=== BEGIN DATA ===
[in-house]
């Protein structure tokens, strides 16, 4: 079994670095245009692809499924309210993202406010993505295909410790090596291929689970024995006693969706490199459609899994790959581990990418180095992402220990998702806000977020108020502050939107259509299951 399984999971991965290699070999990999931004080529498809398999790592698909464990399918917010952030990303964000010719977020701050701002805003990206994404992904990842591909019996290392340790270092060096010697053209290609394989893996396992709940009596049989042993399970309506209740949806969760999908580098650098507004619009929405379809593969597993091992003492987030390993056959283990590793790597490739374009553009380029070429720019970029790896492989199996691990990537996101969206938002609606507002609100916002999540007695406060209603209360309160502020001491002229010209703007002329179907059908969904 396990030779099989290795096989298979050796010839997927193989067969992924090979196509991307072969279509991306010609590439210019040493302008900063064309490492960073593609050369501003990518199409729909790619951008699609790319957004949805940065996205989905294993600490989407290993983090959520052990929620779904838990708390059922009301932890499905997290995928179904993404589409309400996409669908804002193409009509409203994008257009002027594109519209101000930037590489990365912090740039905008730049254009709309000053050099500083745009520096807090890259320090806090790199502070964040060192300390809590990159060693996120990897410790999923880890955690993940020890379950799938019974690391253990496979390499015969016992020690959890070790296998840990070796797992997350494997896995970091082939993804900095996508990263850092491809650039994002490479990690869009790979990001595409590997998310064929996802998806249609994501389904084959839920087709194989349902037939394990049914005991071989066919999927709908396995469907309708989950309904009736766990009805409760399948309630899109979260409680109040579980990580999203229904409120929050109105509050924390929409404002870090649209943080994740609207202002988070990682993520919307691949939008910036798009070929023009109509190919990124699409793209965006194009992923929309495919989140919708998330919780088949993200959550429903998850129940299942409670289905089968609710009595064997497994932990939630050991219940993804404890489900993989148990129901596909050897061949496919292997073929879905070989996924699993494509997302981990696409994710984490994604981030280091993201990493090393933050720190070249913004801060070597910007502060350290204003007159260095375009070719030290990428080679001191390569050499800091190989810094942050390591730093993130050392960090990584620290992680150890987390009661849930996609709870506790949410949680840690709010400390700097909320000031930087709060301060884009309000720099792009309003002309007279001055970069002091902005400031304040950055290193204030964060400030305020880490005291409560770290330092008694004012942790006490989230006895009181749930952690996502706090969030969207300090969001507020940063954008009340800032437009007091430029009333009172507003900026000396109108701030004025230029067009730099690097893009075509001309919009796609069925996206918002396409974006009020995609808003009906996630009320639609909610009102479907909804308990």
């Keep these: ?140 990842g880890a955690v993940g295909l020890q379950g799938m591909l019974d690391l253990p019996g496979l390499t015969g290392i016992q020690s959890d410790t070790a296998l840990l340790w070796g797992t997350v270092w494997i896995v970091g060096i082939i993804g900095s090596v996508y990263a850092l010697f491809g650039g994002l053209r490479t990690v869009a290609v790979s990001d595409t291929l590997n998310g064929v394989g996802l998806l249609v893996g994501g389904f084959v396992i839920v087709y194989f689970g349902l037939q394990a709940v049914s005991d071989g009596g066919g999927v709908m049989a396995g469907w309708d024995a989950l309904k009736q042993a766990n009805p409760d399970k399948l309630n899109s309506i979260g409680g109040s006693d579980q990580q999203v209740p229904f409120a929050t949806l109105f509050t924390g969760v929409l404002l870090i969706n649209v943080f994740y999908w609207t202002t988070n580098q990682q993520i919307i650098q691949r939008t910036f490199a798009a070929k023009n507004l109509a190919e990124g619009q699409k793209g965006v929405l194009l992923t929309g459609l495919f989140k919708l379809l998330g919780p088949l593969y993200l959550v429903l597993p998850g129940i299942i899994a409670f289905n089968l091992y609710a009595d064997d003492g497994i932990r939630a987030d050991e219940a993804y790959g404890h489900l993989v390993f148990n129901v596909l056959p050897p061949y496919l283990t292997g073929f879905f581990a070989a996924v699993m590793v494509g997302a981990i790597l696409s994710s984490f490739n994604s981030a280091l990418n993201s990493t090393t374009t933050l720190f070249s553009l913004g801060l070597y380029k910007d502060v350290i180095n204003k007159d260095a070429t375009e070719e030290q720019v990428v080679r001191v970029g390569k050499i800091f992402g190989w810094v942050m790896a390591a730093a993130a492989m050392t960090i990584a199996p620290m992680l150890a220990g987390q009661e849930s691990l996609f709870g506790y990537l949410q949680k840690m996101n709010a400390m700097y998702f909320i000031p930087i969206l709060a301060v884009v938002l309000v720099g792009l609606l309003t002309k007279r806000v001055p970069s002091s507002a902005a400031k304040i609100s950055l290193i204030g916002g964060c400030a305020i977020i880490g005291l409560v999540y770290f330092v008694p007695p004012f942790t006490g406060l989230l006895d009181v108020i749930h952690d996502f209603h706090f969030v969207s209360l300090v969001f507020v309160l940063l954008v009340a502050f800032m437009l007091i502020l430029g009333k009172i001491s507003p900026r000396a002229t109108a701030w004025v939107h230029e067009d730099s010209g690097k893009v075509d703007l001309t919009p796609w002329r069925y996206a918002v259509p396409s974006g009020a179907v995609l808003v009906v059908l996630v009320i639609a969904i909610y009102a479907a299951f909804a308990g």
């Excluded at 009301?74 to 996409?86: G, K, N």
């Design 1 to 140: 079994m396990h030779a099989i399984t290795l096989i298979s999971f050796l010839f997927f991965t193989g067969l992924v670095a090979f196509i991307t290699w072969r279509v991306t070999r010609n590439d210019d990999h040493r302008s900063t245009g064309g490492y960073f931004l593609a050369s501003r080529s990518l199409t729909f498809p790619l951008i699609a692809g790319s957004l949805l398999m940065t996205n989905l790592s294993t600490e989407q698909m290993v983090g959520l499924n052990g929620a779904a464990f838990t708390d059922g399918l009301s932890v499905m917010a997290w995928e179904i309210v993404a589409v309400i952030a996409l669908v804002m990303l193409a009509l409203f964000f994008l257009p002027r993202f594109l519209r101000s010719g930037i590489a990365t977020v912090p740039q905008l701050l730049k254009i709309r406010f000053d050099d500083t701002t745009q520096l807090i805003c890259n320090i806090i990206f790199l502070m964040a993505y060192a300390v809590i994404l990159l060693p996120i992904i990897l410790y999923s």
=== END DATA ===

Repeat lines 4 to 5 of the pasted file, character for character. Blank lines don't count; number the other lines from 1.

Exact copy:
């Excluded at 009301?74 to 996409?86: G, K, N």
């Design 1 to 140: 079994m396990h030779a099989i399984t290795l096989i298979s999971f050796l010839f997927f991965t193989g067969l992924v670095a090979f196509i991307t290699w072969r279509v991306t070999r010609n590439d210019d990999h040493r302008s900063t245009g064309g490492y960073f931004l593609a050369s501003r080529s990518l199409t729909f498809p790619l951008i699609a692809g790319s957004l949805l398999m940065t996205n989905l790592s294993t600490e989407q698909m290993v983090g959520l499924n052990g929620a779904a464990f838990t708390d059922g399918l009301s932890v499905m917010a997290w995928e179904i309210v993404a589409v309400i952030a996409l669908v804002m990303l193409a009509l409203f964000f994008l257009p002027r993202f594109l519209r101000s010719g930037i590489a990365t977020v912090p740039q905008l701050l730049k254009i709309r406010f000053d050099d500083t701002t745009q520096l807090i805003c890259n320090i806090i990206f790199l502070m964040a993505y060192a300390v809590i994404l990159l060693p996120i992904i990897l410790y999923s």